Män som hatar kvinnor

Photo: © Nadia Belalia. All Rights Reserved.


Winter in San Francisco, fingers painting lines in the dust of a bookstore, and I’ve been trying, since he left, to learn the language of myself. The language into which I’ve been rewritten. I’m drawing a line between each word and the meaning he gave it, I’m running myself backwards through Google: never again will someone else interpret the private voice of my body. Never again will a man reach down my throat and create from it a grammar to replace my own. In the basement of the bookstore, a boarding pass pressed between the pages of a paperback, a long-departed flight to Stockholm: oil from someone else’s fingertips, glimpses of a ghost in the fiber.


love, n. 1. the pain of being split from entrance to entrance by a man who does not listen to protests. 2. the fear born from feeling something wet and unwelcome dripping down your thigh, sticking to your chest, running down your face towards your eye.

love, v. 1. to carry in your purse a collection of ghosts, one for each word the translator could have selected and didn’t. one for each meaning gone unchosen. 2. to understand that the truth you were given was not the truth that was real.


Summer in San Francisco, when he hadn’t left, and I was one with the upholstery. The sofa was velvet and came with the apartment, it was the rusty color of a nail. I made scrambled eggs and didn’t open the window, I left a vibrator on until it died; I bought a second-hand book in the Mission and the cover said in translation. I have always believed that a book in translation is a newborn thing: it cannot mean the same as its parent. Write woman, read girl; write hate and find instead an empty space. I think love and I feel the pain radiating from my pelvis. There is violence in a mistranslation.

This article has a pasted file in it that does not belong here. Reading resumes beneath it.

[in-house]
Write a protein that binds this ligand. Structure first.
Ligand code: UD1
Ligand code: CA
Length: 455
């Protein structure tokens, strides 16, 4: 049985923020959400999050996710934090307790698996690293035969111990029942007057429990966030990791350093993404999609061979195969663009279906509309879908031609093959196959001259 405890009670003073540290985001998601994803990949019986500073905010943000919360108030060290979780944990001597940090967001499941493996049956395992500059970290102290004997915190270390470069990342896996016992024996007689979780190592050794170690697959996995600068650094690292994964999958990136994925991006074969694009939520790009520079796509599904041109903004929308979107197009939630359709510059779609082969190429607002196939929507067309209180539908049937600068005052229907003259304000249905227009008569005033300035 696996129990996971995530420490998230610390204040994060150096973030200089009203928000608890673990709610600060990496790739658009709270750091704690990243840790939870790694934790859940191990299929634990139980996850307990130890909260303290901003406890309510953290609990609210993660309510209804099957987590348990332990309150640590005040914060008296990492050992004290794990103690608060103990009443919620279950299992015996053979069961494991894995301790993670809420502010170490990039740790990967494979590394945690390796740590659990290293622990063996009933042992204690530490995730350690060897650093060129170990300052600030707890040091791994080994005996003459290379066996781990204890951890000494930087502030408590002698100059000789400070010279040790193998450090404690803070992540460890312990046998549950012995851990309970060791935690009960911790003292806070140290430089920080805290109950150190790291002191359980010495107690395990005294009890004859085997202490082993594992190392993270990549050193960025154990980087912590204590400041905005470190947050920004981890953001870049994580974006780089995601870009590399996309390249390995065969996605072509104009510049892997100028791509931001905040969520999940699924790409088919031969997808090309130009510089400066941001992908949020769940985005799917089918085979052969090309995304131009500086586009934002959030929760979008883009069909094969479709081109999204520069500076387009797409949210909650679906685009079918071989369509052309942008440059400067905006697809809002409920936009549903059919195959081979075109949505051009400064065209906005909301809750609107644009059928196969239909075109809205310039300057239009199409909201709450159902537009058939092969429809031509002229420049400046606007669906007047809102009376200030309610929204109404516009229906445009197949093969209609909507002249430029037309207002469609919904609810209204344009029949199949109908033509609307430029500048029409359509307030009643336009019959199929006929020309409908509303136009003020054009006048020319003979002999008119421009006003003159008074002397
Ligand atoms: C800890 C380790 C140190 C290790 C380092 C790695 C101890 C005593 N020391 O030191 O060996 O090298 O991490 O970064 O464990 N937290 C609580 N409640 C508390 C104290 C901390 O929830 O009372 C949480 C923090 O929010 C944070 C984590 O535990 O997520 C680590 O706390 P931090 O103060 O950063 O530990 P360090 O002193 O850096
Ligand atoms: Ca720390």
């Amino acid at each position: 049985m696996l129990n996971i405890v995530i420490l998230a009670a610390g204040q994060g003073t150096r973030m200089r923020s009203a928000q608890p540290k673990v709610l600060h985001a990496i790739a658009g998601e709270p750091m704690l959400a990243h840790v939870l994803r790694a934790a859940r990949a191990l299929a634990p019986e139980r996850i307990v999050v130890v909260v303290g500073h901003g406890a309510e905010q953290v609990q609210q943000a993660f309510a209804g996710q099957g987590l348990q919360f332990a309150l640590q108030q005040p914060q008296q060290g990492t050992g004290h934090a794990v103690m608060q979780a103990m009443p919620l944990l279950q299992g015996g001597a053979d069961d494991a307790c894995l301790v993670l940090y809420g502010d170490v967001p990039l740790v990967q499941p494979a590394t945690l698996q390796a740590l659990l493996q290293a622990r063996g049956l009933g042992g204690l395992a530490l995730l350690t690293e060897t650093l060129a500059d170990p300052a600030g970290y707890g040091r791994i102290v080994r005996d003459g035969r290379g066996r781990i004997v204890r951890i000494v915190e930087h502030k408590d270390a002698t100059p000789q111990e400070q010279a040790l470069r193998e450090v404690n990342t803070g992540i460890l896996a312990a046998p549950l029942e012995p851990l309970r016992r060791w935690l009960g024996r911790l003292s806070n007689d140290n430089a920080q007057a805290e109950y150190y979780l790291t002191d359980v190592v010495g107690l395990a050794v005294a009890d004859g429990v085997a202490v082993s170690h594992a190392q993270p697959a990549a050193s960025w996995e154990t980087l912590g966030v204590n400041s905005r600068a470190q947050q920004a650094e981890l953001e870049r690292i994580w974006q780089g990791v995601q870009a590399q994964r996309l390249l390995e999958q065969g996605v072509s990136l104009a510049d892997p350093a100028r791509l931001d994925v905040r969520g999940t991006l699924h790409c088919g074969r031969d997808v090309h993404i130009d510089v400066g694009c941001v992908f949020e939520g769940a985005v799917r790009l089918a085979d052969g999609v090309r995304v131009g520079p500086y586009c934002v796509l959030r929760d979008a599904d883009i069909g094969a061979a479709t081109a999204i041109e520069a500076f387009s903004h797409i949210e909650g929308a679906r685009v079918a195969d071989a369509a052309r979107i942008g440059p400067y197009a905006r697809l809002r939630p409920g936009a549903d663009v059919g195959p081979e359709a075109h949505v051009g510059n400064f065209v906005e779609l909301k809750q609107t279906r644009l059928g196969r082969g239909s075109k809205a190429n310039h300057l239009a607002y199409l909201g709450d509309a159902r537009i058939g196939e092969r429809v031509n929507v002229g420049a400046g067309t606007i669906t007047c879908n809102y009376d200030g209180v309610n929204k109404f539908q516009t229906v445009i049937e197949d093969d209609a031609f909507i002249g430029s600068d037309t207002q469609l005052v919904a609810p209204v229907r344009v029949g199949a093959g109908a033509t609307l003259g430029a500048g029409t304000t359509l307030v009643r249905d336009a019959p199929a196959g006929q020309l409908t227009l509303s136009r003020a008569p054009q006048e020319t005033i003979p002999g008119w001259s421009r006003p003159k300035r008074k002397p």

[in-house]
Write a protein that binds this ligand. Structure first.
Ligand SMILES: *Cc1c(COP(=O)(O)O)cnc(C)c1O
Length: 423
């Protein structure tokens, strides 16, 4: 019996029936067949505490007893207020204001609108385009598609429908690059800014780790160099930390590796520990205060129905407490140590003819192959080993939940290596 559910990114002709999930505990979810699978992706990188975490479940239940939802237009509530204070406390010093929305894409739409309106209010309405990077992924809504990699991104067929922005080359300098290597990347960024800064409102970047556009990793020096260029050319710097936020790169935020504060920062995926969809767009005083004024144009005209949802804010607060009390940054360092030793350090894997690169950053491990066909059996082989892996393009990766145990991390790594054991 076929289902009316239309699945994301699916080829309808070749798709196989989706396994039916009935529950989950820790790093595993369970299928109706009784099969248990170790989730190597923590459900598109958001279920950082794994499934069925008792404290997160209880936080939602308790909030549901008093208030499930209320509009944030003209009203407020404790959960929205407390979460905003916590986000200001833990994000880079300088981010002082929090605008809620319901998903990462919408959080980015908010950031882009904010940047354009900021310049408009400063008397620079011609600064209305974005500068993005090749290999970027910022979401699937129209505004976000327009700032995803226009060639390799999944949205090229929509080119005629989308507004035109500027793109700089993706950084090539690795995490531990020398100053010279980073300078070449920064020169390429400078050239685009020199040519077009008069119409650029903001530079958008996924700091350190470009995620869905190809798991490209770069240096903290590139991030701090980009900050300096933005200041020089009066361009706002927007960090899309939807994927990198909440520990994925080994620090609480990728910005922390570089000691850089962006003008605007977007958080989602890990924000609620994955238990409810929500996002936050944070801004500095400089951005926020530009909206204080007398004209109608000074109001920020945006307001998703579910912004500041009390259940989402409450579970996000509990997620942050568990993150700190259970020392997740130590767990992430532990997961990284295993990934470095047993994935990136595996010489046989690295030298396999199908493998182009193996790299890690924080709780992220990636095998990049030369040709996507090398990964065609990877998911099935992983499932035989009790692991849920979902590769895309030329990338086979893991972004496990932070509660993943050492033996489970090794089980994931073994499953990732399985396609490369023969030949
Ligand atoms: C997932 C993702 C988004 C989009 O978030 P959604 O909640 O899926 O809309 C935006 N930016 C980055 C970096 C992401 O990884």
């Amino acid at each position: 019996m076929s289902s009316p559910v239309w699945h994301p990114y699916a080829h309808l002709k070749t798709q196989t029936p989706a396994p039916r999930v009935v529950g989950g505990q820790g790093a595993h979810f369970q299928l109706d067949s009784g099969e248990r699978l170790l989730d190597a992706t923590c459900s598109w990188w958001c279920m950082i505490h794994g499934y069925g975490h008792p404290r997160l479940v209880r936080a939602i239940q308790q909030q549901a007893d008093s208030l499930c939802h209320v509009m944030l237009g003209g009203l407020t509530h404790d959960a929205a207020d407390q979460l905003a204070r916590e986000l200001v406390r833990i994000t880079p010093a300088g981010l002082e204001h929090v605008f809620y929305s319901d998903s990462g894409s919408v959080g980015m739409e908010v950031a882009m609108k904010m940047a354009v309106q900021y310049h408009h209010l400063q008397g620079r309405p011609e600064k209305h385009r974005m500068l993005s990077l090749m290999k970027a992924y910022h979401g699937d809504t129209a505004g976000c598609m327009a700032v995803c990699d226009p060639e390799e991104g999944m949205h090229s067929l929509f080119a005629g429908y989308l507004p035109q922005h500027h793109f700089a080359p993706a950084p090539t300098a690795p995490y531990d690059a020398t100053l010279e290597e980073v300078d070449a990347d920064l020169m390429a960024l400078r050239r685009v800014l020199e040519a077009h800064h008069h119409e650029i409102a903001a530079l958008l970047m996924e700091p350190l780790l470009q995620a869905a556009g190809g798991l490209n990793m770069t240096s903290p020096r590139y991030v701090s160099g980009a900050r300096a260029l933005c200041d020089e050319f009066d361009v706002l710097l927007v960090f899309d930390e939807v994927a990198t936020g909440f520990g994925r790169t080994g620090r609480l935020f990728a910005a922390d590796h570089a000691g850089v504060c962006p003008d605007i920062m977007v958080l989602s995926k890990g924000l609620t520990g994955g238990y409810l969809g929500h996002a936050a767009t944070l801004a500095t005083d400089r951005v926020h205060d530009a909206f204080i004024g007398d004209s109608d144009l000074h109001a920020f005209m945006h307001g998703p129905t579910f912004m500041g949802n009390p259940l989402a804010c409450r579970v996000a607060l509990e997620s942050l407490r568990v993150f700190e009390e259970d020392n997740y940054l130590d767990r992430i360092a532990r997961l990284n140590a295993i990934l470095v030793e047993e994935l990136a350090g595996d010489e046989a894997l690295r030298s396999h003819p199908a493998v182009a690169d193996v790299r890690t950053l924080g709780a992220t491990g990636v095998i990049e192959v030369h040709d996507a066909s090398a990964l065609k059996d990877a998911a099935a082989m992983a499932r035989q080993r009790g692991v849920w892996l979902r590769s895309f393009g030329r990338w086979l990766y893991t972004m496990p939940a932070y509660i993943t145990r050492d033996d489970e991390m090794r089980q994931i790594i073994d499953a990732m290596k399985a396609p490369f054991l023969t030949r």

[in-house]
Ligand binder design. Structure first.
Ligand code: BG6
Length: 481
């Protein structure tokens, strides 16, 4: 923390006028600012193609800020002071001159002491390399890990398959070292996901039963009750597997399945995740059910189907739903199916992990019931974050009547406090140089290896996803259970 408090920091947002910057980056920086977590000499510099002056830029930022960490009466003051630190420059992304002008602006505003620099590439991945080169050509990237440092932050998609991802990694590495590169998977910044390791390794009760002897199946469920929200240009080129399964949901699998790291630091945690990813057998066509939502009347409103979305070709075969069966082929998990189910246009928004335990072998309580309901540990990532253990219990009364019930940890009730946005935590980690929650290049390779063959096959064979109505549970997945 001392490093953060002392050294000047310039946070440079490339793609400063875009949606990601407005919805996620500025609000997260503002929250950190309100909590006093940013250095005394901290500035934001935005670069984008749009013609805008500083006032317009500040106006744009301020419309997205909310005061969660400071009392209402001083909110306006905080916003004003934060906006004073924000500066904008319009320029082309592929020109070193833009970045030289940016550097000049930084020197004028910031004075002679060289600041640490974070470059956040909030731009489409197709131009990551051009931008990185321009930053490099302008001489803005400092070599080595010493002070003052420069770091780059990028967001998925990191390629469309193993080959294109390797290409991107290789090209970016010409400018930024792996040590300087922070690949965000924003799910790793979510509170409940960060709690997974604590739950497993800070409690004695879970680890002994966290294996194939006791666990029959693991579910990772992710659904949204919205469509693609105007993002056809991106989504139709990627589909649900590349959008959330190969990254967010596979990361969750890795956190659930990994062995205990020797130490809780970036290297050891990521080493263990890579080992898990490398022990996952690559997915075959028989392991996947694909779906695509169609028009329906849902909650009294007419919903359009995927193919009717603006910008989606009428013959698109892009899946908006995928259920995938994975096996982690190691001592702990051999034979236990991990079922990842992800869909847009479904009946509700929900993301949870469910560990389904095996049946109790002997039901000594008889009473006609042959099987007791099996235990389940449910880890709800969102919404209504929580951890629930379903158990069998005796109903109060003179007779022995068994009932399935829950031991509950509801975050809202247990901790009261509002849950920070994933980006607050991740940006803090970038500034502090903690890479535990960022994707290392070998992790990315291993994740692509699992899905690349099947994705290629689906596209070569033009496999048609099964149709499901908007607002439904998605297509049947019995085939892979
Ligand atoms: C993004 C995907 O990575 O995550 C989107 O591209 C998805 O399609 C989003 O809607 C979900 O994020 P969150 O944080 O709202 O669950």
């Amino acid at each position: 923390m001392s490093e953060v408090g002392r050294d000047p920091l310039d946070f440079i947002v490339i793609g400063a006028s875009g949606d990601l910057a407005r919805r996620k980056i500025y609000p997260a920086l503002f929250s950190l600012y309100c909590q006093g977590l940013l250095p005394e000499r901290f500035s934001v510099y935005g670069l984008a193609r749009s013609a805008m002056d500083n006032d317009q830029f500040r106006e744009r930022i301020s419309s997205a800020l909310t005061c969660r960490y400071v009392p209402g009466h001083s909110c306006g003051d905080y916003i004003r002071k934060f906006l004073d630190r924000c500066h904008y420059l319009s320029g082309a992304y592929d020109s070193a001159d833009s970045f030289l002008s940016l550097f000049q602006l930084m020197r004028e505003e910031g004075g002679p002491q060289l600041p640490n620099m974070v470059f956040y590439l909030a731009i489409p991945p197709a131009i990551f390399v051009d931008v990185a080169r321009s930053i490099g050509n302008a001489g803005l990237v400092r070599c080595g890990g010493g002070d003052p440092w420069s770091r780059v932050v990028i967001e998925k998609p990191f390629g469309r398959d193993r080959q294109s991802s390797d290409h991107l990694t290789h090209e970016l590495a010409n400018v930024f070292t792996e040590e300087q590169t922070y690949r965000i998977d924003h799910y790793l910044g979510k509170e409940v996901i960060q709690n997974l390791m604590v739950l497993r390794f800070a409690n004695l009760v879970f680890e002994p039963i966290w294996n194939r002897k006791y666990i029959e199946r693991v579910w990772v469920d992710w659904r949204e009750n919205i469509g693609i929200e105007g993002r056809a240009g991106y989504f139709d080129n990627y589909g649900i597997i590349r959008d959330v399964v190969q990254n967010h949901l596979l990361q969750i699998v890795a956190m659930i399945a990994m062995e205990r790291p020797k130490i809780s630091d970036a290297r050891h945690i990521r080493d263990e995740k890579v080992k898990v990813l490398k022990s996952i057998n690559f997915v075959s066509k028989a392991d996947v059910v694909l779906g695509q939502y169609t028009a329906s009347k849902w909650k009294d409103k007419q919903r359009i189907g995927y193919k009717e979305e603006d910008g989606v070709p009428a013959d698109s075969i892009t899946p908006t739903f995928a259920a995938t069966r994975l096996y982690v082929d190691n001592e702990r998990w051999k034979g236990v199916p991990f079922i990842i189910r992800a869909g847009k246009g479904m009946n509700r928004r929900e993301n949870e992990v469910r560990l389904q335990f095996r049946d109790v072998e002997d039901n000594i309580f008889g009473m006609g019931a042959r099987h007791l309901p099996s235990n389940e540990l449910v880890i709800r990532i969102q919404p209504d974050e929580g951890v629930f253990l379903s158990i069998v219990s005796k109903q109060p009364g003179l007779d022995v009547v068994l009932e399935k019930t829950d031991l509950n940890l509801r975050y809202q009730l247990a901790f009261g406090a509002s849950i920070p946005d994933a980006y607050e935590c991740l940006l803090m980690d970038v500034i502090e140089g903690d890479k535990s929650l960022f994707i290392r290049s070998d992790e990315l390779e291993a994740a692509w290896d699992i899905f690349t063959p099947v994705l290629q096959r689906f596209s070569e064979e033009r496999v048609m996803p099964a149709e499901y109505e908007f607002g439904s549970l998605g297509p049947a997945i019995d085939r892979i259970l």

Män som hatar kvinnor — Sweden

Hommes qui n’aimaient pas les femmes — France

Uomini che odiano le donne — Italy

Los hombres que no amaban a las mujeres — Spain

The Girl with the Dragon Tattoo — U.S.

The Girl with the Dragon Tattoo — U.K.

The Girl with the Dragon Tattoo — Canada


Winter in San Francisco, buried in the basement of a bookstore, and I have come to understand that meaning is made by the translator. My rabbit heart, and its frantic rhythm: violence translated into the language of love.

Cait Powell is a queer poet from the San Francisco Bay Area. She holds an MA in Interdisciplinary Computer Science from Mills College, a BA in English from Scripps College, and her recent work has appeared in After the Pause, Pidgeonholes, and Pretty Owl Poetry, among others. You can find her on Twitter at @cait_for_short.

Appears In

Issue 9

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